Digital Business Strategy

7 Top Email Phishing Scams

“I get a ton of scam emails. But instead of deleting them, I decided to hit reply.” – James Veitch

Phishing scams have been growing in popularity over the past decade. According to the data, phishing attempts have grown more than 60% in the last year, and currently account for more than 90% of data breaches and information leaks.

With billions in revenue and reputation at risk even six months after a breach, on top of any losses incurred during the actual event, which could be, on average $1 million, cyber crime in general, and phishing in particular, should be of paramount concern to all business owners. And in particular to those who deal with sensitive information or processing payments.

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Why Is Phishing Such A Problem?

Phishing is a particularly insidious type of hacking, as it relies mainly on social engineering in order to trick users into believing s site, links, or messages are legitimate concerns. This makes human error in your IT department, or across your network, the biggest threat to the security of your company. Your security team plays a big role in prevention and defense, but they shouldn’t operate from an island, as this case study shows. All employees should be aware of the tell-tale signs of potentially dangerous emails.

Phishing emails look like innocuous emails from secure sources, and they get more sophisticated by the year. There are ways to spot phishing sites, and preventative measures you can take to avoid the social engineering tactics that hackers use. These are the most common types of phishing emails, and how to avoid them.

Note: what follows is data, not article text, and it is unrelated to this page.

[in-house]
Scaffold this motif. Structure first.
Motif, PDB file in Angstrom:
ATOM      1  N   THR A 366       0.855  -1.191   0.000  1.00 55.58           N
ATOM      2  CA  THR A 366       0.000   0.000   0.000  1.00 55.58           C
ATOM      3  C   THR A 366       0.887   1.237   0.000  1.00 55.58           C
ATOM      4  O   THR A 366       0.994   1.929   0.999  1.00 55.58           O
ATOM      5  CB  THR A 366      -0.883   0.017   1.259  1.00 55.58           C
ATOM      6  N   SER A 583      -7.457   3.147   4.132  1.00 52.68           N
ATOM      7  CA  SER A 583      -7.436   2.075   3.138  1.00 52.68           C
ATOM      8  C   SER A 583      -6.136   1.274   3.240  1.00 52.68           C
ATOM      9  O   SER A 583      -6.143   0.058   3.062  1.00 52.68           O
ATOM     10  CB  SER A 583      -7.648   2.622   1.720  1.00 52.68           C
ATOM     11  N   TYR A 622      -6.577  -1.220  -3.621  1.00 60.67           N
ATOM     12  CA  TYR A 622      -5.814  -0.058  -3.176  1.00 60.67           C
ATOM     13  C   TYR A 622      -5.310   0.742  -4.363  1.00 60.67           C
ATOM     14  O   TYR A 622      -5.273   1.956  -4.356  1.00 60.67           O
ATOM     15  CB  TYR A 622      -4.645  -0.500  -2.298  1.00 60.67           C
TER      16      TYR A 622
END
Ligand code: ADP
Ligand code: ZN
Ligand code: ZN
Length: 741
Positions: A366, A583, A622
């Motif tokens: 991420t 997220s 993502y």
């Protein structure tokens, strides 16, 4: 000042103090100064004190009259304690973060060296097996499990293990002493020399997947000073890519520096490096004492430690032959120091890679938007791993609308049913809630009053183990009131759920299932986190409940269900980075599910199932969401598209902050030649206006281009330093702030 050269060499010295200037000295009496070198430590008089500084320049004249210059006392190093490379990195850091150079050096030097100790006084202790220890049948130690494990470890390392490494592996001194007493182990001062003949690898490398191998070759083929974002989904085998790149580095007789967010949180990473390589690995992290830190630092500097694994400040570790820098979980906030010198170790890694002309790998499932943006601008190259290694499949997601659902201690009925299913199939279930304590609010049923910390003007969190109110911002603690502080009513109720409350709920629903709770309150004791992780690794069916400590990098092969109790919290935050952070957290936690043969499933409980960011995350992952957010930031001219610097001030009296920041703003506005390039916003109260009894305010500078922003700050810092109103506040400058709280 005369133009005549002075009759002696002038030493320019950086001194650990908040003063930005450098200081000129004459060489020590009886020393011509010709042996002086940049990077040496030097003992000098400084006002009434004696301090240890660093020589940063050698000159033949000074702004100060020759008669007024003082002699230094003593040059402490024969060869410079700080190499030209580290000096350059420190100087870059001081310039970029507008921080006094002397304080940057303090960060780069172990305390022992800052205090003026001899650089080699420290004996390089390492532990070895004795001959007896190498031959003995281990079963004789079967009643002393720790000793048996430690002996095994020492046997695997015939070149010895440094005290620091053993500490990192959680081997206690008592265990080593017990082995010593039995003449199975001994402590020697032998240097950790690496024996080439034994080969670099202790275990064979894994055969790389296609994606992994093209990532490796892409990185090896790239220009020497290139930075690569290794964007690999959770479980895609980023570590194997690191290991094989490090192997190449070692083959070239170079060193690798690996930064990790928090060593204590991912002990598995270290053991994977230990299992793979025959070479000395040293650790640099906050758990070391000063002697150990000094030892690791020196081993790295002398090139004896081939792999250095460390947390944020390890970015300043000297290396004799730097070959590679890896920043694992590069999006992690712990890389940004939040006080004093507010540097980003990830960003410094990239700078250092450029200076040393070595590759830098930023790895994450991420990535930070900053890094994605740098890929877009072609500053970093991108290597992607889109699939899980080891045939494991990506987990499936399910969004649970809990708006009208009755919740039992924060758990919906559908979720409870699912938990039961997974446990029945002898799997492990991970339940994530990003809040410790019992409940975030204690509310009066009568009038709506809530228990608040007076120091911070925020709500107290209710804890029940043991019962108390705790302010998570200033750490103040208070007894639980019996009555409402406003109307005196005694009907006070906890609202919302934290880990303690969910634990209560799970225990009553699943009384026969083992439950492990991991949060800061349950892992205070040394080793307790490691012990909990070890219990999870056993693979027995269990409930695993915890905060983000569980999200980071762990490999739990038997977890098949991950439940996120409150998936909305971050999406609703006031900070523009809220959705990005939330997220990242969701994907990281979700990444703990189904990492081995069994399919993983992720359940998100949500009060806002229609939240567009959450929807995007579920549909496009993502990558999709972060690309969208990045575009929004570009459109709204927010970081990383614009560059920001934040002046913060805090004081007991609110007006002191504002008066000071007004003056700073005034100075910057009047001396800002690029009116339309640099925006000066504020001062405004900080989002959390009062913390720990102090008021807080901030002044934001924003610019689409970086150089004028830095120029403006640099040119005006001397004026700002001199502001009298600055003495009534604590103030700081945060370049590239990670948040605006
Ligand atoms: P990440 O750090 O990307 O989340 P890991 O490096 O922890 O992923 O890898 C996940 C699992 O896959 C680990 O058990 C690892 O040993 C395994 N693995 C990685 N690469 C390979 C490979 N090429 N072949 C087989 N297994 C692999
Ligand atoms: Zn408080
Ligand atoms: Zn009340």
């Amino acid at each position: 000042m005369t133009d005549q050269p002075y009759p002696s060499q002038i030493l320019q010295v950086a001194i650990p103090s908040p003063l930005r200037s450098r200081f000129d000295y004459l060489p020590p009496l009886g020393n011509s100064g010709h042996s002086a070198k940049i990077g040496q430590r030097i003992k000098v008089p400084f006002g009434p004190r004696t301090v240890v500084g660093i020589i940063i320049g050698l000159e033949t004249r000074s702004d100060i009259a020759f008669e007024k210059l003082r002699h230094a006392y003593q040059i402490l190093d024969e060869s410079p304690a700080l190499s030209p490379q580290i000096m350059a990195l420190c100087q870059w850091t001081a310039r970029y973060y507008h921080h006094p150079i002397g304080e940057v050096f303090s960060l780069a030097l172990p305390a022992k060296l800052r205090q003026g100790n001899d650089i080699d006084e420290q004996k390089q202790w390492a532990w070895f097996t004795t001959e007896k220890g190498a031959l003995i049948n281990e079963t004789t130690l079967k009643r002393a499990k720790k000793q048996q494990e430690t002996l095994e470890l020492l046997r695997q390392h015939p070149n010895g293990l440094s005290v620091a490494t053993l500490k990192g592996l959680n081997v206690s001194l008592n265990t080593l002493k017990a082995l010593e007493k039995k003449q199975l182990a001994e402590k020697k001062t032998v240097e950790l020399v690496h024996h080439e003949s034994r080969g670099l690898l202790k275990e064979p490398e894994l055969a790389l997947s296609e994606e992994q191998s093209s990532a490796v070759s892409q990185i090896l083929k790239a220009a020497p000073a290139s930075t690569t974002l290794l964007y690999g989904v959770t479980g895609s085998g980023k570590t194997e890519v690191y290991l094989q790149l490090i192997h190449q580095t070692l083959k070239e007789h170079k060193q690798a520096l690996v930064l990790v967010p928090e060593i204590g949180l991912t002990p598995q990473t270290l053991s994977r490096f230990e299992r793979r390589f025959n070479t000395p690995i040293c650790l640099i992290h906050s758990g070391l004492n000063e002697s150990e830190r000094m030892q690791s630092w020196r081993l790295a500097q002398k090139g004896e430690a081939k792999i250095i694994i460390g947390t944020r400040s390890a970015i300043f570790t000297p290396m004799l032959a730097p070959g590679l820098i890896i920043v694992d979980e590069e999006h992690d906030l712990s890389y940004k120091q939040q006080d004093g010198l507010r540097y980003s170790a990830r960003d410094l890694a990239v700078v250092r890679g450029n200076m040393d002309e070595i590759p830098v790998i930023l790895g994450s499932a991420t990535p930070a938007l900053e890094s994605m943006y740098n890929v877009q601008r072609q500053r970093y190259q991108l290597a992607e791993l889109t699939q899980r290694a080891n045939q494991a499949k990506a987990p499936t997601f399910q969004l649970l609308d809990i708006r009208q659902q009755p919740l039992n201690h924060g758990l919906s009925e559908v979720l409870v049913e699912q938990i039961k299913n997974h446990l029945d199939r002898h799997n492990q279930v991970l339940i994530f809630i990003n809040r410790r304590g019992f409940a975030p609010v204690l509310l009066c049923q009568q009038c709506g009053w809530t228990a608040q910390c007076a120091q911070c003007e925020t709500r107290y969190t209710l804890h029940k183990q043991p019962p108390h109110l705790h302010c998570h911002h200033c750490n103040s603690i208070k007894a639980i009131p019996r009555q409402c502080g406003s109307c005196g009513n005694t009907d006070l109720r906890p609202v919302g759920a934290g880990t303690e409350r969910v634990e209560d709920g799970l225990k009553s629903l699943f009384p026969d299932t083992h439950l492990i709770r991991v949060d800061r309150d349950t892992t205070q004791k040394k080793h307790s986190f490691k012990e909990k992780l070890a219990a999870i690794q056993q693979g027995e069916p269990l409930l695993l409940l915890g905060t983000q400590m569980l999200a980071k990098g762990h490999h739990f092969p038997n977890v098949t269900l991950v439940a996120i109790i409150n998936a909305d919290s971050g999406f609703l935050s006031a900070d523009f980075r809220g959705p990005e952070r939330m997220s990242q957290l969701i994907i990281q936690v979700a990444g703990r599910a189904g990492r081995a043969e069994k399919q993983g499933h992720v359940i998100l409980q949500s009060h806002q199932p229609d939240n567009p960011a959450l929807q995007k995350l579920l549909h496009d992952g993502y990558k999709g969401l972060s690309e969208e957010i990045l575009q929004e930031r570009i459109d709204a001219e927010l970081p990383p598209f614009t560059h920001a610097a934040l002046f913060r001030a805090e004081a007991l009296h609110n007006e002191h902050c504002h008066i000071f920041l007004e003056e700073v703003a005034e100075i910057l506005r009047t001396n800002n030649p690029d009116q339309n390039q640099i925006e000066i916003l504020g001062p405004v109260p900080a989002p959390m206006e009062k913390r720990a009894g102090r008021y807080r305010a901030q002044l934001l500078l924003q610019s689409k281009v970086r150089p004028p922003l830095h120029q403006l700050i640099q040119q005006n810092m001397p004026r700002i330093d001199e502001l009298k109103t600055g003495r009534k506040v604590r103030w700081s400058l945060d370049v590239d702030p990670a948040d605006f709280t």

1. “Update” Requests
A common tactic is when a seemingly legitimate service you regularly use, such as Google Hangouts or Skype, will send you a link to an updated version of the program. This is to bypass the security measures of automatic updates. It’s good practice to set up a two-step authentification for links and installed updates of any kind on your server. Using an internal office messaging system, rather than something cloud based like Google also makes it more difficult to hack your messages with phishing links.

2. Docusign
Many companies use the electronic signature program Docusign. Even if your own company doesn’t use docusign for digital signatures, chances are you have suppliers, clients, or partners who do. To spot a fake Docusign email, check the sender. If it’s not one you recognize, you should delete it without opening. If you receive what looks like a legitimate Docusign email, look for the unique security code at the bottom of the email to verify its authenticity. If you receive a false Docusign email, email the real sight immediately to report.

3. Mobile Attacks

Android is the second most popular target for phishing schemes after Windows. Mobile networks are less secure than corporate emails and your company network. As remote work becomes more common, these less secured networks have become a bigger security risk for companies both large and small.

With inboxes becoming more successful at blocking out spam and malware before it reaches you, bigger threats will arrive through SMS text messages or other messaging services. It is good practice to secure your mobile networks with a VPN, making them more difficult to detect, especially where open Wifi connections are concerned.

4. Credential Theft
The Docusign phishing attacks we mentioned previously are usually an example of credential theft, where a hacker sends out a deceptive email masquerading as a legitimate site, and asks for authentification, such as asking to reconfirm passwords or sign in to update your profile.